Some of these require soft water, others are fine in medium hard or hard, so that needs to be known too. Several are in our profiles.

Byron Hosking, BMus, MA
Vancouver, BC, Canada

The aquarist is one who must learn the ways of the biologist, the chemist, and the veterinarian. [unknown source]

Something we all need to remember: The fish you've acquired was quite happy not being owned by you, minding its own business. If you’re going to take it under your wing then you’re responsible for it. Every aspect of its life is under your control, from water quality and temperature to swimming space. [Nathan Hill in PFK]
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post #5 of 65 Old 03-25-2012, 09:06 PM Thread Starter
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Originally Posted by Termato View Post
Hey Rolo, welcome to the forum.

Your tank has been set up for 3 months and it has not cycled yet? I would assume you have had some issues with ammonia/nitrite right? If this is so and you still have everything running and the danios are gone then you still have a cycled tank. Although you shouldn't be getting ammonia readings.

Do you have real plants? If not I would suggest getting them, they look beautiful and are magnificent for your fish and cycling issues. You can read about it in the guides. Java Fern, Hornwort and Java Moss are 3 good low light plants and dont require too much (although hornwort is messy).

The plants will help adsorb any ammonia making your fish happier.

For your selection of fish:

Byron: Do you know that link to the thread of all good fish for micro aquariums. It has a list of all good fish for 1-5-10-20 and more gallon tanks? I cant find it. If you can post that here for him he might enjoy that :)
Thanks guys I appreciate the responses. Which of those plants would be the smallest? Also, when it comes to stocking it, when I do, I am planning on 6-8 different guppies.
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post #6 of 65 Old 03-25-2012, 09:10 PM
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Thanks guys I appreciate the responses. Which of those plants would be the smallest? Also, when it comes to stocking it, when I do, I am planning on 6-8 different guppies.
The names shaded, which means they (the plants) are included in the profiles, so info on their size will be there.

On the guppies, all males? Or male/female? With livebearers, it is better to have either all male (no fry issues) or if mixed have 2-3 females per male to avoid stress on the females by the males. And with both male/female, you will have hundreds of fry every couple months, and that can be problematic.

Byron Hosking, BMus, MA
Vancouver, BC, Canada

The aquarist is one who must learn the ways of the biologist, the chemist, and the veterinarian. [unknown source]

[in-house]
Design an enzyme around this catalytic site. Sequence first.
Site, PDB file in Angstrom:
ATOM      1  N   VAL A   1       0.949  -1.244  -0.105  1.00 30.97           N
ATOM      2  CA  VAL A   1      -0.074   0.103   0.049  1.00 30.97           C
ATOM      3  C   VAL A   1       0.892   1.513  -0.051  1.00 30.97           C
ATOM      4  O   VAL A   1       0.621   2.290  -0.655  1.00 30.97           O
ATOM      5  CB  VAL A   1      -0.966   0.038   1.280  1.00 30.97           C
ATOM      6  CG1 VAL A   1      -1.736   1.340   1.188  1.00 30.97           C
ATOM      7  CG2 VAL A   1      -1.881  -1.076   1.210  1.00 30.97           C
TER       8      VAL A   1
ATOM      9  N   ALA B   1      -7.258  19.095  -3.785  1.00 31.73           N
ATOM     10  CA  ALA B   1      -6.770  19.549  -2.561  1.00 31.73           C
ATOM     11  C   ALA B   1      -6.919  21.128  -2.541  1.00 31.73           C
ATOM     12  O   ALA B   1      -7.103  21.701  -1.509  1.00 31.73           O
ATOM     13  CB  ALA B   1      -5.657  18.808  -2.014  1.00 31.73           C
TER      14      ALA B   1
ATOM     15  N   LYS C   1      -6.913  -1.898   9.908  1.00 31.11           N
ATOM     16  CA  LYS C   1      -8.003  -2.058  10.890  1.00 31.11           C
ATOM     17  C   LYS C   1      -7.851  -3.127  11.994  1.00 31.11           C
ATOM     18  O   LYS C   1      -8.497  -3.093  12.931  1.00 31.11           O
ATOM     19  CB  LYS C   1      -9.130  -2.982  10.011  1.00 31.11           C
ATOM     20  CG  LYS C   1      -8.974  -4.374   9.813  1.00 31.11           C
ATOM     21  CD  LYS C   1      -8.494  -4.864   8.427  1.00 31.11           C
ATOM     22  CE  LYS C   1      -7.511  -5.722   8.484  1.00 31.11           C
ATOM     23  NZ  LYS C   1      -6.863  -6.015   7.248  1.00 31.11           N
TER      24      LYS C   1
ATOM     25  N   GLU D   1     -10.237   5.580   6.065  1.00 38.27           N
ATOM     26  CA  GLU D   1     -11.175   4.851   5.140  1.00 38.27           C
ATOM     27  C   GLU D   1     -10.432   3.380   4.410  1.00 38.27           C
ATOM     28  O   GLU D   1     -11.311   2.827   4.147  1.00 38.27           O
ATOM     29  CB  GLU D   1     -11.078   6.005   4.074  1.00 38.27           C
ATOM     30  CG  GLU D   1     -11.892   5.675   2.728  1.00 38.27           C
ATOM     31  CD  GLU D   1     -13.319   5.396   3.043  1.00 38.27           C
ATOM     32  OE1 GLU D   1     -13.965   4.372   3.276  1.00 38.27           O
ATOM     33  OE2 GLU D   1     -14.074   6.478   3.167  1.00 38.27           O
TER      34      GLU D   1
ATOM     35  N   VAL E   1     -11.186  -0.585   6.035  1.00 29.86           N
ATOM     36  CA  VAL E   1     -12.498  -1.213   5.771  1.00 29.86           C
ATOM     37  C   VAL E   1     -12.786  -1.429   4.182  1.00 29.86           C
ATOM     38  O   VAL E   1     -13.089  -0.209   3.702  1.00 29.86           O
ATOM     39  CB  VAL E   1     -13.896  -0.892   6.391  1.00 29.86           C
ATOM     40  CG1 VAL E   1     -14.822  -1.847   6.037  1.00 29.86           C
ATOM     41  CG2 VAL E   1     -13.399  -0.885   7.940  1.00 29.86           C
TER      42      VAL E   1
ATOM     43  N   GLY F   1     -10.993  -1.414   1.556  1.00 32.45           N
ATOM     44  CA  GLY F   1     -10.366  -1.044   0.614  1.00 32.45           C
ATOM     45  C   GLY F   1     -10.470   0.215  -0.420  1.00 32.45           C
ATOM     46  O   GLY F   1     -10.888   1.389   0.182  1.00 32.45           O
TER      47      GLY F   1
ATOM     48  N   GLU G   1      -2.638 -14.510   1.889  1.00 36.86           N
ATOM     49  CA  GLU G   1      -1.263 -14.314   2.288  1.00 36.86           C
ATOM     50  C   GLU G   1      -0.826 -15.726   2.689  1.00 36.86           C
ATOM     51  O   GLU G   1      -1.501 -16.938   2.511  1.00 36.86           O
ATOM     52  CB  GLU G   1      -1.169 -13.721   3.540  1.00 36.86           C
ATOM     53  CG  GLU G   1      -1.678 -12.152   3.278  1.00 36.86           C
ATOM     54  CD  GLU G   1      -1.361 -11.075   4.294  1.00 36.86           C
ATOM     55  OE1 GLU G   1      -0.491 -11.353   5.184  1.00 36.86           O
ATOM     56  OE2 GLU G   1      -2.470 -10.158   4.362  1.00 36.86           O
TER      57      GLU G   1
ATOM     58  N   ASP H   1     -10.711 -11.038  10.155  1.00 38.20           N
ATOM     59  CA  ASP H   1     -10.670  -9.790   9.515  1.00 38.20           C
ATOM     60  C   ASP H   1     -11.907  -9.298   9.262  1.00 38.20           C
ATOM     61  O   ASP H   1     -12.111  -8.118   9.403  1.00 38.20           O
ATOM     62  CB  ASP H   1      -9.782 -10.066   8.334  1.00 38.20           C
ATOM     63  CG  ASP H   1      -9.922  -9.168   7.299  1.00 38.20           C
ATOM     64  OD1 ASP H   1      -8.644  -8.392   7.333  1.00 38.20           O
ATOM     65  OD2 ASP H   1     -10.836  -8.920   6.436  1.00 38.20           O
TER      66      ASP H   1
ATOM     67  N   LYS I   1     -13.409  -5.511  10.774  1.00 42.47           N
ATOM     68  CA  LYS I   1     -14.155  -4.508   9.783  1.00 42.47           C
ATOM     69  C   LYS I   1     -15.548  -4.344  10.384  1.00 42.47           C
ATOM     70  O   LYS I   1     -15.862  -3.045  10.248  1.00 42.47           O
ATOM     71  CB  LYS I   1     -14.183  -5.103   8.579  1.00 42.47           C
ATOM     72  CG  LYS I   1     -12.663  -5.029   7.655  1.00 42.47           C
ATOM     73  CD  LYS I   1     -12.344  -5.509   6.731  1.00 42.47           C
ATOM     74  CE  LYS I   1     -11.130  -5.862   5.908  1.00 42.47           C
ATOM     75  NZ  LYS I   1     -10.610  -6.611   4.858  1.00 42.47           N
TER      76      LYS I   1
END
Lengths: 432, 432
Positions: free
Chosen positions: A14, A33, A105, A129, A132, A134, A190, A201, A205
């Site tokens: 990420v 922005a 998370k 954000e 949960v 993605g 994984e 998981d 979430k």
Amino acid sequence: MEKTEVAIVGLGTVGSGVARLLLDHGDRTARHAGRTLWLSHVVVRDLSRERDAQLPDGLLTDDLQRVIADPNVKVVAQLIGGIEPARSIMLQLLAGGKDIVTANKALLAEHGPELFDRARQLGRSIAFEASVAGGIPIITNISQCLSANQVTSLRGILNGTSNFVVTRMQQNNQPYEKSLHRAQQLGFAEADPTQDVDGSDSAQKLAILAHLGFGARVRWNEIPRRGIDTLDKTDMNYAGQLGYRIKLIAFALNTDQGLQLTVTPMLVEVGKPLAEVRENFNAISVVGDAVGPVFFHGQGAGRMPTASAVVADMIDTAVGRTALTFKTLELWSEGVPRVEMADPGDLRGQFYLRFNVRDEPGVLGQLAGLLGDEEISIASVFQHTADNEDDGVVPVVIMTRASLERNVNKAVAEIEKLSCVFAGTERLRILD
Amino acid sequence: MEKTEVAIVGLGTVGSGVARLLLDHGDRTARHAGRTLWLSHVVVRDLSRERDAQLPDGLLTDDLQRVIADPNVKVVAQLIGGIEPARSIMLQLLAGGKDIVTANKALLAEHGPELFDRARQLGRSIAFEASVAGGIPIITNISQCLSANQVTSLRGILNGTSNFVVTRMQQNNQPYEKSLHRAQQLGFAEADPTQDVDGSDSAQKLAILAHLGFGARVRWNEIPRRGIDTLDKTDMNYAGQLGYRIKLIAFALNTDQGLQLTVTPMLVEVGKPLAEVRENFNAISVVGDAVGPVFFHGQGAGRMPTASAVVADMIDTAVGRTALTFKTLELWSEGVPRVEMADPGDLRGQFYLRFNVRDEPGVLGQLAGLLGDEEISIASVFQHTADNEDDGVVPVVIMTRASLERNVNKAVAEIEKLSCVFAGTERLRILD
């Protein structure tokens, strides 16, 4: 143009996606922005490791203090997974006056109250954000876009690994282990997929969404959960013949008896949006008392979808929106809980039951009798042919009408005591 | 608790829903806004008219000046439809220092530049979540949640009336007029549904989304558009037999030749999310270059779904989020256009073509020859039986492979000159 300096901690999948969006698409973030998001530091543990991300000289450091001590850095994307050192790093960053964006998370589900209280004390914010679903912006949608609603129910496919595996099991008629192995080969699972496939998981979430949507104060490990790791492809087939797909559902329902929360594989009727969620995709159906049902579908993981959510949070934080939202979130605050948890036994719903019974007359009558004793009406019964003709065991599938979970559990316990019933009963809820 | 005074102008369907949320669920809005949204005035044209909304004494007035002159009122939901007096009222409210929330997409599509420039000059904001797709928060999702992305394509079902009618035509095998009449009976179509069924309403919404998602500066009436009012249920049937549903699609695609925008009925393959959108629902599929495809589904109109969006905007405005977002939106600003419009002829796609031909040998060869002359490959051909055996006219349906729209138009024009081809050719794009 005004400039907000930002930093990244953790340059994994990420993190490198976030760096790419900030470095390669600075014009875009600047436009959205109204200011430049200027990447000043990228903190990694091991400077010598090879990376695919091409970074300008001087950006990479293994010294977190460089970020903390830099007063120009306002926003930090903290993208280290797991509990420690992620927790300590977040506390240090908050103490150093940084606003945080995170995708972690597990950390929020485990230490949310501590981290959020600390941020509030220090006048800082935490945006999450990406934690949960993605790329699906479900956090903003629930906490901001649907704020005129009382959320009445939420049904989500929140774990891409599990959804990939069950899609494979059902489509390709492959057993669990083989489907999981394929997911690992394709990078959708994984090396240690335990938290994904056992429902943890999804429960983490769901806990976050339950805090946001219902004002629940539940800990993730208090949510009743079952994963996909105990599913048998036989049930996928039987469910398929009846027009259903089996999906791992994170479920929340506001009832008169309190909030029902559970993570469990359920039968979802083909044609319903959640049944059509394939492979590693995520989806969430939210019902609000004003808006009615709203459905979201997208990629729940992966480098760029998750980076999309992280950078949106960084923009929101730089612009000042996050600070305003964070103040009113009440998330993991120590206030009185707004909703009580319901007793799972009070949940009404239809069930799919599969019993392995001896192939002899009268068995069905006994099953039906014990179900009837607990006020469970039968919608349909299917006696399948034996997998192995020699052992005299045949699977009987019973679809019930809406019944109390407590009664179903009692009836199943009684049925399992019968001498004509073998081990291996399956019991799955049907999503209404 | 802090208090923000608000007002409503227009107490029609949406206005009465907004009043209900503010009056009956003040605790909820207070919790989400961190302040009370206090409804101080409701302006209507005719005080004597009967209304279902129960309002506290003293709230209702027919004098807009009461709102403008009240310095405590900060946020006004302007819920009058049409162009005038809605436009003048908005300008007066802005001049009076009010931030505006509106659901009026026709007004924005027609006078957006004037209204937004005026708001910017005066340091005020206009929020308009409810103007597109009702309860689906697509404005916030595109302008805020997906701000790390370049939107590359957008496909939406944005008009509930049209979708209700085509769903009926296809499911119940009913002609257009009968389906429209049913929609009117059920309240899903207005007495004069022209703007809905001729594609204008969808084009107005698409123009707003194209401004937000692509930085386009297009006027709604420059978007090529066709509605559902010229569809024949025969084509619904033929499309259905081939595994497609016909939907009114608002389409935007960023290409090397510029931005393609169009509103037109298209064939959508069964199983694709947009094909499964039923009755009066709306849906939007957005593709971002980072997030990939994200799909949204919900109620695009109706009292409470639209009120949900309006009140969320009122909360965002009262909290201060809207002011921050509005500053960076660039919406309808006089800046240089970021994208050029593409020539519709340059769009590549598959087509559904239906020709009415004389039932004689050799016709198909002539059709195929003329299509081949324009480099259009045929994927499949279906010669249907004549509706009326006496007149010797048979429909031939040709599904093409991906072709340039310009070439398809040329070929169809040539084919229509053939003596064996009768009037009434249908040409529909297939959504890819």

Something we all need to remember: The fish you've acquired was quite happy not being owned by you, minding its own business. If you’re going to take it under your wing then you’re responsible for it. Every aspect of its life is under your control, from water quality and temperature to swimming space. [Nathan Hill in PFK]
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post #7 of 65 Old 03-25-2012, 09:18 PM Thread Starter
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Originally Posted by Byron View Post
The names shaded, which means they (the plants) are included in the profiles, so info on their size will be there.

On the guppies, all males? Or male/female? With livebearers, it is better to have either all male (no fry issues) or if mixed have 2-3 females per male to avoid stress on the females by the males. And with both male/female, you will have hundreds of fry every couple months, and that can be problematic.
I was thinking 2 males and 6 females. But back to my first post, why am I still getting that 0.50ppm of ammonia? My nitrites are 0ppm and my nitrates are at 5.0ppm which from what I've read is a healthy number. Why won't my ammonia hit 0? I am also using the API Freshwater Test Kit. And it's weird because 0.50ppm ammonia is also the reading of my tap water.
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post #8 of 65 Old 03-25-2012, 09:22 PM
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Originally Posted by rolo View Post
I was thinking 2 males and 6 females. But back to my first post, why am I still getting that 0.50ppm of ammonia? My nitrites are 0ppm and my nitrates are at 5.0ppm which from what I've read is a healthy number. Why won't my ammonia hit 0? I am also using the API Freshwater Test Kit. And it's weird because 0.50ppm ammonia is also the reading of my tap water.
unless you want to get another tank or sell your fish I would not recommend getting males. Live bearers are overwhelming. They reproduce like wild fire.
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post #9 of 65 Old 03-25-2012, 09:27 PM Thread Starter
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unless you want to get another tank or sell your fish I would not recommend getting males. Live bearers are overwhelming. They reproduce like wild fire.
Would you recommend all males or all females?
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post #10 of 65 Old 03-25-2012, 09:28 PM
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Originally Posted by rolo View Post
Would you recommend all males or all females?
Females. The males will be more likely to fight one another.

The thing is when you buy them...their usually already pregnant...unless you get them real small.